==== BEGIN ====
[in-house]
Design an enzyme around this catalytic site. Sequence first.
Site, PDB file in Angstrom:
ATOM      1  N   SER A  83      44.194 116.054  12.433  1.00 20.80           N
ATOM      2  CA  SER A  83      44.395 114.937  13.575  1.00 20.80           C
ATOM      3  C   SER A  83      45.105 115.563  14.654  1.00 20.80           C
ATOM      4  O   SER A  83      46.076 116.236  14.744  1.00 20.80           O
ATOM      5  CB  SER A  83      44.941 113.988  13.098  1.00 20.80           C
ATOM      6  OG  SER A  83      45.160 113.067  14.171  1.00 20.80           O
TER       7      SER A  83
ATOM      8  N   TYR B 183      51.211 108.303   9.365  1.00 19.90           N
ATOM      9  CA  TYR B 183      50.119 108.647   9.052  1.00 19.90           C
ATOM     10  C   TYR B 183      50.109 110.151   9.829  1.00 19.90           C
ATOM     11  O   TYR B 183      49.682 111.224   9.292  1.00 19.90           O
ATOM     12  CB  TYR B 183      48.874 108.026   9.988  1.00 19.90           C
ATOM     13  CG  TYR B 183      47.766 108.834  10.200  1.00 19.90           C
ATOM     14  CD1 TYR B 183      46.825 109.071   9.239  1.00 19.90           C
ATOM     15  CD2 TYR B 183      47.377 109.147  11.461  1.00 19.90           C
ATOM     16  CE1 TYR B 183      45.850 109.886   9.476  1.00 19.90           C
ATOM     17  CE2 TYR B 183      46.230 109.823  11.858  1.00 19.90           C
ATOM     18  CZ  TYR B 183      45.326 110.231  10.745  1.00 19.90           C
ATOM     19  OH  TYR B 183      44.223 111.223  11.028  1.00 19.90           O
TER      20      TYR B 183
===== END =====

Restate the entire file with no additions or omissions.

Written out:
[in-house]
Design an enzyme around this catalytic site. Sequence first.
Site, PDB file in Angstrom:
ATOM      1  N   SER A  83      44.194 116.054  12.433  1.00 20.80           N
ATOM      2  CA  SER A  83      44.395 114.937  13.575  1.00 20.80           C
ATOM      3  C   SER A  83      45.105 115.563  14.654  1.00 20.80           C
ATOM      4  O   SER A  83      46.076 116.236  14.744  1.00 20.80           O
ATOM      5  CB  SER A  83      44.941 113.988  13.098  1.00 20.80           C
ATOM      6  OG  SER A  83      45.160 113.067  14.171  1.00 20.80           O
TER       7      SER A  83
ATOM      8  N   TYR B 183      51.211 108.303   9.365  1.00 19.90           N
ATOM      9  CA  TYR B 183      50.119 108.647   9.052  1.00 19.90           C
ATOM     10  C   TYR B 183      50.109 110.151   9.829  1.00 19.90           C
ATOM     11  O   TYR B 183      49.682 111.224   9.292  1.00 19.90           O
ATOM     12  CB  TYR B 183      48.874 108.026   9.988  1.00 19.90           C
ATOM     13  CG  TYR B 183      47.766 108.834  10.200  1.00 19.90           C
ATOM     14  CD1 TYR B 183      46.825 109.071   9.239  1.00 19.90           C
ATOM     15  CD2 TYR B 183      47.377 109.147  11.461  1.00 19.90           C
ATOM     16  CE1 TYR B 183      45.850 109.886   9.476  1.00 19.90           C
ATOM     17  CE2 TYR B 183      46.230 109.823  11.858  1.00 19.90           C
ATOM     18  CZ  TYR B 183      45.326 110.231  10.745  1.00 19.90           C
ATOM     19  OH  TYR B 183      44.223 111.223  11.028  1.00 19.90           O
TER      20      TYR B 183